Drivers not looking for cyclists and pedestrians in order to avoid hitting them.
Cyclists and pedestrians darting out in front of cars, as if they assume the drivers see them, when the drivers actually may not.
Over the years I've had numerous near misses. Trying to cross the street on a green light while cars turn right is the most problematic because the drivers almost never look to the right while I wait for the green light. I look at the driver in the vehicle, but all I see is the back of their head, as they look left for oncoming traffic.
The light turns green. They begin their turn, cutting me off, and only then do they look to the right where I'm standing with one foot ready to step off the curb. Sometimes they brake quickly and wave me by, but usually they don't.
If there are more right-hand-turners behind them, I'm lucky if I can cross at all and may have to wait for another light unless I yell at them to stop. If I had crossed when the light turned green I would have been hit.
It's as if cyclists and pedestrians are nothing more to drivers than ghosts or shadows flitting about, seen only by people with "the sight."
The judge who sentenced Megan Coughran to prison for felony hit-and-run, killing Amy Malzbender and injuring Chloe McAusland, said Megan must live in a parallel universe to the one she herself lives in.
If so, she is not alone in that universe. Many drivers also seem to drive around in their own parallel universes, talking on their cell phones, brooding over problems, looking only for other vehicles but driving as if people outside of one don't exist.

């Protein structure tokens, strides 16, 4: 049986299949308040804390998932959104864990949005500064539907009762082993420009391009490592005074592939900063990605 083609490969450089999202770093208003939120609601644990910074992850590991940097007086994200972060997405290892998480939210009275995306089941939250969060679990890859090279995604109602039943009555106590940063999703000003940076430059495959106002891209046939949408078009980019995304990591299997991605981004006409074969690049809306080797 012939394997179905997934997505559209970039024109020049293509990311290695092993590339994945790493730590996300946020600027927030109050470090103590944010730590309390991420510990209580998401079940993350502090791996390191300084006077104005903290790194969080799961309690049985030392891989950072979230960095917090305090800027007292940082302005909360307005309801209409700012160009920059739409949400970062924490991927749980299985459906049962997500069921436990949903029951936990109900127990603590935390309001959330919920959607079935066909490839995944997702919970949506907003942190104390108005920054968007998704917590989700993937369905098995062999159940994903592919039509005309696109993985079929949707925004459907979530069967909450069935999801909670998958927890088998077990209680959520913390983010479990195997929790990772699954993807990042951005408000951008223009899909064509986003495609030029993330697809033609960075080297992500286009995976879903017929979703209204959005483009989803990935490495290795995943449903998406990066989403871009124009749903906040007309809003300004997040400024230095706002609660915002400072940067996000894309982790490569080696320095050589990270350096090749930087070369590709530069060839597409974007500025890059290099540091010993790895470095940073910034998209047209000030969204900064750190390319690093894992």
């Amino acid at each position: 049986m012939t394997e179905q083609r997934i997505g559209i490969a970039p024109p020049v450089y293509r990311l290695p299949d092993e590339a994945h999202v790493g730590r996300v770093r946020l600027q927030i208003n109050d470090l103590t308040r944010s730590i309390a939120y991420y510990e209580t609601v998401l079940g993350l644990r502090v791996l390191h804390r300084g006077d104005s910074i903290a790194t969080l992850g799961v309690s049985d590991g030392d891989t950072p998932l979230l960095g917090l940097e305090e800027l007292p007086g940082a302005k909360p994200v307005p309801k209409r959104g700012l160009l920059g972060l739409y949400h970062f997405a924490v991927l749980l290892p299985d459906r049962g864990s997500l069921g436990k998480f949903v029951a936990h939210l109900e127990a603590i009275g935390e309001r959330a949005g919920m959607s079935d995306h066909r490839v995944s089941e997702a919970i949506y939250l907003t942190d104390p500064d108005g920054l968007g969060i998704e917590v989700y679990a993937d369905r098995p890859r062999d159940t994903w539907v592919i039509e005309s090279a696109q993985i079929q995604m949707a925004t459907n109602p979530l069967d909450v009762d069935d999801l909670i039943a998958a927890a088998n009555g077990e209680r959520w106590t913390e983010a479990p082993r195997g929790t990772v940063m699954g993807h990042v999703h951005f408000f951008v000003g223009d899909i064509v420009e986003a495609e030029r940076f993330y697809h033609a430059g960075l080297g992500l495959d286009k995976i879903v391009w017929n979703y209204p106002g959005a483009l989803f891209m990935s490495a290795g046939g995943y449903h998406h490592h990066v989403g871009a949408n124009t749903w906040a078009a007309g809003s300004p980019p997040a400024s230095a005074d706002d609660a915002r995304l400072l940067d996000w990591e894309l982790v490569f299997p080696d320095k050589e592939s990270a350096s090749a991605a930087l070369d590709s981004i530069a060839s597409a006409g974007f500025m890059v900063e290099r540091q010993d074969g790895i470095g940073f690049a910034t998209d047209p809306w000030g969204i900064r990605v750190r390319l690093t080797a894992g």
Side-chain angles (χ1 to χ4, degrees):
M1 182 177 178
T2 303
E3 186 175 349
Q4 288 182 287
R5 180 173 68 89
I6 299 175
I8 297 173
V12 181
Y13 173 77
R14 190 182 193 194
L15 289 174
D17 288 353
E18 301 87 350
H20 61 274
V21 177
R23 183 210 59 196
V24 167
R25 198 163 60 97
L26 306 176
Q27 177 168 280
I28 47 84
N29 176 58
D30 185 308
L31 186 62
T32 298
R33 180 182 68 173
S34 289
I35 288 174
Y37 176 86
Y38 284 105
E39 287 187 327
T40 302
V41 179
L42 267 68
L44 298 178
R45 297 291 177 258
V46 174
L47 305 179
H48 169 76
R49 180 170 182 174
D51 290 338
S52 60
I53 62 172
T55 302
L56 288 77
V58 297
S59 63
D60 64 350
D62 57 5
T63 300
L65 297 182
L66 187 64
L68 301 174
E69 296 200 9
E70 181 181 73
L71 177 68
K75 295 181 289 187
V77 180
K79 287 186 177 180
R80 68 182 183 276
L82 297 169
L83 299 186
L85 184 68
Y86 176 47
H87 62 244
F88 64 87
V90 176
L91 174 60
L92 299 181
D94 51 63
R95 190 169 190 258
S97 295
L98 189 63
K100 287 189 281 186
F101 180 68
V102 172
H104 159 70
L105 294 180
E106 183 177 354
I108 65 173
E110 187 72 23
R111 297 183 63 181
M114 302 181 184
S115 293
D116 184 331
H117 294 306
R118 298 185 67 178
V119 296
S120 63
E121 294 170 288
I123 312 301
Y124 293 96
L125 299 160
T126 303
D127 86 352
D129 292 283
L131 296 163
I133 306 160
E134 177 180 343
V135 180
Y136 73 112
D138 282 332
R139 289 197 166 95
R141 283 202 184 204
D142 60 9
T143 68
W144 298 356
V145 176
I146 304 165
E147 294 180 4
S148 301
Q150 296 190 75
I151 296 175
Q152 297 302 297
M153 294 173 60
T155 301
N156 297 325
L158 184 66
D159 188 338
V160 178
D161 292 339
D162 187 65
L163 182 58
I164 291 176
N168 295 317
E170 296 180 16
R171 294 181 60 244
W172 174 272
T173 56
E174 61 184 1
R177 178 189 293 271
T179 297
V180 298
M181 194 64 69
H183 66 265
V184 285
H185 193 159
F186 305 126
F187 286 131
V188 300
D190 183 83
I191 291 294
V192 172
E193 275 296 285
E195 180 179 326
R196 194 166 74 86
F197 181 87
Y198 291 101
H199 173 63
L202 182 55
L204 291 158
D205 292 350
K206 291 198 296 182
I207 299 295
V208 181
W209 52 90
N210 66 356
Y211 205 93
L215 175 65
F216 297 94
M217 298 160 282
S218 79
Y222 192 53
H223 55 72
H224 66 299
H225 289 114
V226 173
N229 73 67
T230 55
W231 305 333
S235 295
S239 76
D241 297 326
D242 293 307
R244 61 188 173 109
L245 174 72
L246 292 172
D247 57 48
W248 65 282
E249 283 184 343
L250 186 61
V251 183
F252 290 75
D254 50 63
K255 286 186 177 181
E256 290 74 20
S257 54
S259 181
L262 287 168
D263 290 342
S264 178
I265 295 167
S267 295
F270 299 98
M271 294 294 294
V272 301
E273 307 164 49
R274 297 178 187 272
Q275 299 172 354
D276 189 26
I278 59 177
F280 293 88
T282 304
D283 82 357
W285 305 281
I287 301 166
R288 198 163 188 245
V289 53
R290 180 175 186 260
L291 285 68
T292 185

I understand why many people don't walk places, and never cycle, and so don't know what it's like to feel vulnerable -- to feel at the mercy of motorists protected by hunks of metal.
Dirvers don't usually mean to hit people on bike or foot unless they're aggressive-driver sadists, and I've encountered a few of those. Most just don't think to look for them.
It's time to start.
The following are tips from both my own experience and the Palo Alto's Department of Planning and Community Environment.
For cyclists, pedestrians, and anyone on scooters, rollerblades, or skate boards:
Never, ever assume a driver sees you. Never enter an intersection until you're sure all drivers see you and are either stopped or are slowing down to a stop.
Make eye contact with drivers.
Be visible. Use a light and wear light clothing while cycling at night, and only walk or ride where motorists expect to see you.
Look around any objects blocking your view of oncoming traffic, such as parked cars, before crossing a street or driveway.
For drivers, always look for cyclists and pedestrians, especially in these situations where they have the right-of-way and must be yielded to:
Before right or left-hand turns on a green light.
Before turning into or backing out of driveways and parking spots.
Before entering right-turn lanes -- those are often bike lanes that double as turn lanes shortly before intersections.
Before crossing over bike lanes to enter right-hand turn lanes.
Where roads fork off to the right.
Before pulling to or away from, the side of the rode.
At designated crosswalks.
At stop signs.
One day while driving my daughter to school, I stopped to turn left off Middlefield. The traffic cleared. I looked in all directions as I began my turn. All remained clear -- but I had an uneasy feeling that something wasn't right.
I slammed on my brakes. A small boy riding a tiny bicycle yanked his bike back at the sound of my brakes. He was low down and therefore hard to spot and, since he was on the wrong side of the street, I hadn't been expecting him.
What was a child that age doing out alone? I signaled him past and he finished crossing the street.
I saw that child because I looked for cyclists and pedestrians. What, like the hundreds of drivers who didn't see me when I had the right of way, would have happened if I hadn't been?
That alternate scenario is something no one should have to live with.
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